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Translations by Sofie Knijff October 11, 2010

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One Response to “The Character Of Their Dreams”
  1. Inspiring work crossing the borders between reality and fiction, between theatre and photography. Great great great.

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About Translations

“Identity” is a dominant theme within Sofie Knijff’s work. A recurring element is the question, “To what extent do our surroundings influence our identity?” Within her work she creates a “theatrical space” in which different realities and stories can be projected. Within this theatre, illusion and reality mingle. Over the past year Sofie Knijff has been travelling through South Africa, India and Mali where she portrayed children within their “fantasy world,” isolating them from their surroundings and the influences of daily life, allowing them to transform into the character of their dreams. Photographs of the spaces where these children are living in were added, creating a dialogue between the world within and the outside world.

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About Translations, continued

Part of this series has been created in the Malian village of Hombori, that is situated between Mopti and Gao and populated by around three thousand Dogon people. Rural Mali is undergoing an exodus, people are moving to the big cities. Recent draughts have intensified this development.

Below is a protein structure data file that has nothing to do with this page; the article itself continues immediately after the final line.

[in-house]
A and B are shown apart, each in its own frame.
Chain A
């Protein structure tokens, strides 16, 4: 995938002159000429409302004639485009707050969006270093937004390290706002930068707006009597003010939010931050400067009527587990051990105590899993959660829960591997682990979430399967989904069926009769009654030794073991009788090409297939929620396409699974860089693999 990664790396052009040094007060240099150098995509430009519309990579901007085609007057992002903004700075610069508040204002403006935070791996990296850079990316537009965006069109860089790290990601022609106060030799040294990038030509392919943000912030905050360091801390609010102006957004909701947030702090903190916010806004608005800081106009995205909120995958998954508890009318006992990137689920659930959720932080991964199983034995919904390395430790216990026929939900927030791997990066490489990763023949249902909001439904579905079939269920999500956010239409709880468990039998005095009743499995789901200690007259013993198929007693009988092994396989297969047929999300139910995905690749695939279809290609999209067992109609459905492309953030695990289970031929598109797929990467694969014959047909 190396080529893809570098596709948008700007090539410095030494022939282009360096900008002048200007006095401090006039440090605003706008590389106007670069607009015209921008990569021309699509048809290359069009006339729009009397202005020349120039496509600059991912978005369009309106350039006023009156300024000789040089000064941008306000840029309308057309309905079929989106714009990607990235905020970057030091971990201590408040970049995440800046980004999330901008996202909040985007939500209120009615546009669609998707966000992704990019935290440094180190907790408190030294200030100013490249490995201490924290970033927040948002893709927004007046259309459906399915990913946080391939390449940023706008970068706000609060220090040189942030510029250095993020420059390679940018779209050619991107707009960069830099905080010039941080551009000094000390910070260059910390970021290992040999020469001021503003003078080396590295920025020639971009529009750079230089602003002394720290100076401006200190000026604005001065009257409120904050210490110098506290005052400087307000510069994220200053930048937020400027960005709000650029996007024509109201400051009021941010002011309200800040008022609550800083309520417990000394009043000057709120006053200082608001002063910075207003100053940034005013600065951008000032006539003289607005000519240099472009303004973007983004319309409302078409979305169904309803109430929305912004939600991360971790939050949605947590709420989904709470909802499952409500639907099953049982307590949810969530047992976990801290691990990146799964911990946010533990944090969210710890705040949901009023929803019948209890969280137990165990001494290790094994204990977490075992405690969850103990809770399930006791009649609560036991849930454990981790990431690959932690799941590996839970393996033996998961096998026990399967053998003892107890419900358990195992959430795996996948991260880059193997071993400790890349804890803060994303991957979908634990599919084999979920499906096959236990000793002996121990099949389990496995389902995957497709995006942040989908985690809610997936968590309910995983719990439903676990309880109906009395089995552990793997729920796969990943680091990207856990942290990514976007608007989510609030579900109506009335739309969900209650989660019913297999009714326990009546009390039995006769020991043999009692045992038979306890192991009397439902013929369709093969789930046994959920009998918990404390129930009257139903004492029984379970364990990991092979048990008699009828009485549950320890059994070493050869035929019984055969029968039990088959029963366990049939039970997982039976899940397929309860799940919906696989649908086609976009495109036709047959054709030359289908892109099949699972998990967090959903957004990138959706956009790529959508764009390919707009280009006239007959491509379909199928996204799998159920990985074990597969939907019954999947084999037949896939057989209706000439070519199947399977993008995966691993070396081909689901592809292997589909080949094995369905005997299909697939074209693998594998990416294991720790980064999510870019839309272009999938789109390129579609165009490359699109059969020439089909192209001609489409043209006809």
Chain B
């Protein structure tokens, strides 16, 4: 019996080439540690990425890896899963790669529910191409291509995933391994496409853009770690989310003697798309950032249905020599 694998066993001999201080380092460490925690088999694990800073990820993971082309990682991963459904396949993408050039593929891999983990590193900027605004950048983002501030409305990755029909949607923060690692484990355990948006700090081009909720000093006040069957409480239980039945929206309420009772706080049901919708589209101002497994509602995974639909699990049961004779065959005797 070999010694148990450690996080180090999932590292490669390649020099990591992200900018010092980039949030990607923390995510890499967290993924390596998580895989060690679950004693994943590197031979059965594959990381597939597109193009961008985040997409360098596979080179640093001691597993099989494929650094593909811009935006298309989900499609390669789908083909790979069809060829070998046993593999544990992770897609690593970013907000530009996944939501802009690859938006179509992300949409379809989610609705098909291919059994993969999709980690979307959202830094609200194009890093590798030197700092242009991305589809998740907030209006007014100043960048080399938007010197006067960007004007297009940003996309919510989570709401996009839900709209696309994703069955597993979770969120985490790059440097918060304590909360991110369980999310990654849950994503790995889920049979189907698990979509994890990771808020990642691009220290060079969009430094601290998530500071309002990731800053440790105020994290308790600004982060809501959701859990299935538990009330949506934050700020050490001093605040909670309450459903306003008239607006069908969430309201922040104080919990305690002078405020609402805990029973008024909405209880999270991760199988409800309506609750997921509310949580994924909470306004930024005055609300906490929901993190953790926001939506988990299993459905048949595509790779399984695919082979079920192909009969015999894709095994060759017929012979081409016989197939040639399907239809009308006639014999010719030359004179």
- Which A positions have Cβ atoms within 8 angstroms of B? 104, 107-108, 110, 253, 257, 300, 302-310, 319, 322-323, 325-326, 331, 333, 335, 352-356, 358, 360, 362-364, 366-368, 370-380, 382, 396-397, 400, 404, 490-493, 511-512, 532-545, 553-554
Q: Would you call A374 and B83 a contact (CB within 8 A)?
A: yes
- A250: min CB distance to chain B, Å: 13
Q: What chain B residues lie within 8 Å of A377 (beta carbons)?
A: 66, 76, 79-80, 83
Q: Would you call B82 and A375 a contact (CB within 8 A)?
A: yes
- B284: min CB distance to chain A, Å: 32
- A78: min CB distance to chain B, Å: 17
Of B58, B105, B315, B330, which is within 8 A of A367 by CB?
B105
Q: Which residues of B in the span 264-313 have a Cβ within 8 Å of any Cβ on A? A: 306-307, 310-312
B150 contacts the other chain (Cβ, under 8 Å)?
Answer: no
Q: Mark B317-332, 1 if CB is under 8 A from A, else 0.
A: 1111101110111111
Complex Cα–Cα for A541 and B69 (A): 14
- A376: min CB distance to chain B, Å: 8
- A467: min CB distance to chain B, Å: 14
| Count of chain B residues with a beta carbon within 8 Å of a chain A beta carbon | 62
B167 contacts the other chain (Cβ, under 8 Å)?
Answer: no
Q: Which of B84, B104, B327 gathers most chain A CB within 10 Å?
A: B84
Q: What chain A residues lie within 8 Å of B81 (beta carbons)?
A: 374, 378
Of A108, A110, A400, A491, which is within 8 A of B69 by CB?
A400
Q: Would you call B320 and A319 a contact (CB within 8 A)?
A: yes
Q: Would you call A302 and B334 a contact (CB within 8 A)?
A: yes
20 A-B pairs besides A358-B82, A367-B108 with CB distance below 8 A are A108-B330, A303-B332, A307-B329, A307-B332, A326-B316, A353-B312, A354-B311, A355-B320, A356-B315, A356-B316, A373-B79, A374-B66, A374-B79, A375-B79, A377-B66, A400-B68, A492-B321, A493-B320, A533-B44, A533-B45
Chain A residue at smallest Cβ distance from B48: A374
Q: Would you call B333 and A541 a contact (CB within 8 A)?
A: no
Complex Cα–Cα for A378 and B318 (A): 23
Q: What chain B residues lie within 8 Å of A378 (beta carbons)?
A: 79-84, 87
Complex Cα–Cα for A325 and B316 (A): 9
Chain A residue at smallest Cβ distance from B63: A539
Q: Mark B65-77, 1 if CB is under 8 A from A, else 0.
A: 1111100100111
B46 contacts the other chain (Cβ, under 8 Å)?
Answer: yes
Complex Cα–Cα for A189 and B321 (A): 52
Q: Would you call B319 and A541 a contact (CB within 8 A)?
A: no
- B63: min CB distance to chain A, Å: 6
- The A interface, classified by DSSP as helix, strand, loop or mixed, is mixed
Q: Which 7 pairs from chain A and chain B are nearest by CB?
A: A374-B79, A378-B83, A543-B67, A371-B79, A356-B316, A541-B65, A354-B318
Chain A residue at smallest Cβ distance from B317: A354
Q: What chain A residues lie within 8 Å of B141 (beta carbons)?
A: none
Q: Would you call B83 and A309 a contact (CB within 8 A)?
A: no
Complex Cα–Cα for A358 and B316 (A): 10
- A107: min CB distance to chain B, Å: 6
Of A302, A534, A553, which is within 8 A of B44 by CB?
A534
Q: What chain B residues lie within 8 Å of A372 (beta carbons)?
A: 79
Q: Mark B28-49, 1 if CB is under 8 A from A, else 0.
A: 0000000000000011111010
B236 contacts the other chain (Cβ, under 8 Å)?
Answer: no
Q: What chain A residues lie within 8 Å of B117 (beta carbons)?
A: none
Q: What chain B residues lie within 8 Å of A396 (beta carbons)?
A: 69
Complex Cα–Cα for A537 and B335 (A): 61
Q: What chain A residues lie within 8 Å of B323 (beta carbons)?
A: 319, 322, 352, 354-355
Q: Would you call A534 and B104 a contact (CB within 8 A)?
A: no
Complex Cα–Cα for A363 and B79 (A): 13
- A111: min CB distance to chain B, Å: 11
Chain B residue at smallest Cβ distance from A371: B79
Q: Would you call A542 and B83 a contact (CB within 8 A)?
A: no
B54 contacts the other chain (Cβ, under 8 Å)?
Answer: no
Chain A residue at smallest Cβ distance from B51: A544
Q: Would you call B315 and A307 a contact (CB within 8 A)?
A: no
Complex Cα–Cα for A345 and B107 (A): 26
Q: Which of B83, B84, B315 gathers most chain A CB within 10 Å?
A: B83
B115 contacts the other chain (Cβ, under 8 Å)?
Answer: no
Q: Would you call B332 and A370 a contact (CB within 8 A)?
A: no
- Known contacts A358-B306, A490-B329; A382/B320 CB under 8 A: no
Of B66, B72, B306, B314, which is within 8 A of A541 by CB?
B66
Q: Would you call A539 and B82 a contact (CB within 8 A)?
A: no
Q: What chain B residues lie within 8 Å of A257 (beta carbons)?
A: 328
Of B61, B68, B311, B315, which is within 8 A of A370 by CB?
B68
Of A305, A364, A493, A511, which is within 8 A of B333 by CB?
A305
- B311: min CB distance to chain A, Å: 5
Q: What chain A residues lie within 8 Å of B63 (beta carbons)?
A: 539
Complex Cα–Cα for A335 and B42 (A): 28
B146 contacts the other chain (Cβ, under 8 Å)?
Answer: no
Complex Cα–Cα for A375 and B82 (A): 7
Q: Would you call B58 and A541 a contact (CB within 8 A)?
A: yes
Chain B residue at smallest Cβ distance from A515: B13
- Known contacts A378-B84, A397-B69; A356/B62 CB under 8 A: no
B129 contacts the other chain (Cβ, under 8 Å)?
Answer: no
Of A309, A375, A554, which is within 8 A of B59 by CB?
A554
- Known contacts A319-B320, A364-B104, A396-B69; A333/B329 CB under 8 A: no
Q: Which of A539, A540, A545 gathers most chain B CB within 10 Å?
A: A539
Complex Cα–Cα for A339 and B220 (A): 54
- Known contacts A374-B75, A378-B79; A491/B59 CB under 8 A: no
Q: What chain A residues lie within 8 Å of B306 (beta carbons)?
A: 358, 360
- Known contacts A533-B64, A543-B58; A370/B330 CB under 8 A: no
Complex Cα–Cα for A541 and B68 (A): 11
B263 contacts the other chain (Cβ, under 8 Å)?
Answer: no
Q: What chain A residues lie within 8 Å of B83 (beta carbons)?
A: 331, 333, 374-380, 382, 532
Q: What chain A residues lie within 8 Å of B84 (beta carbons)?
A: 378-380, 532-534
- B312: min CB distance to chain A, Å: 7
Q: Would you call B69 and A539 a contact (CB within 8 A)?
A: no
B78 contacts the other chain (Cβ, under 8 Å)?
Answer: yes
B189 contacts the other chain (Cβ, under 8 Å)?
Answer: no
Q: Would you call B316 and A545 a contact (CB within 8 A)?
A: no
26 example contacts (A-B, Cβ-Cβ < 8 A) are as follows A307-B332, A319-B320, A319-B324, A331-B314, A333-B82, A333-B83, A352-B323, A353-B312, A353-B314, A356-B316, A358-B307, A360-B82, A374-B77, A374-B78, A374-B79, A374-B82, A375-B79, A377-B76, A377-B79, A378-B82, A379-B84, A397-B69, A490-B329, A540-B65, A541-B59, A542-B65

Those who stayed behind have to overcome great problems. There is severe poverty and high infant mortality rates. The surviving children receive a very basic education, there are insufficient classrooms and teachers.

Young children have to participate in daily duties such as fetching water. This reality affects the dreams of the children of Hombori. Many of them would like to become a physician or a marabout (witch doctor). For them life is all about surviving and a physician or marabout can make the difference.

In India, Knijff focused on the big cities of Delhi and Varanasi. Indian culture has different layers and an emerging middle class. Here, some children dressed up as businessmen. One wonders if this the child’s dream or its parents’. By contrast, street children, having been exposed to a lot of violence, dream of becoming policemen or soldiers.

In South Africa, Knijff worked with children in a black township near Johannesburg, with children of the poor white community and with Islamic children.

Referring to the expectations and beliefs people hold on to, one wonders what became of their childhood fantasies, making the “fantasy world” theme universal and timeless.

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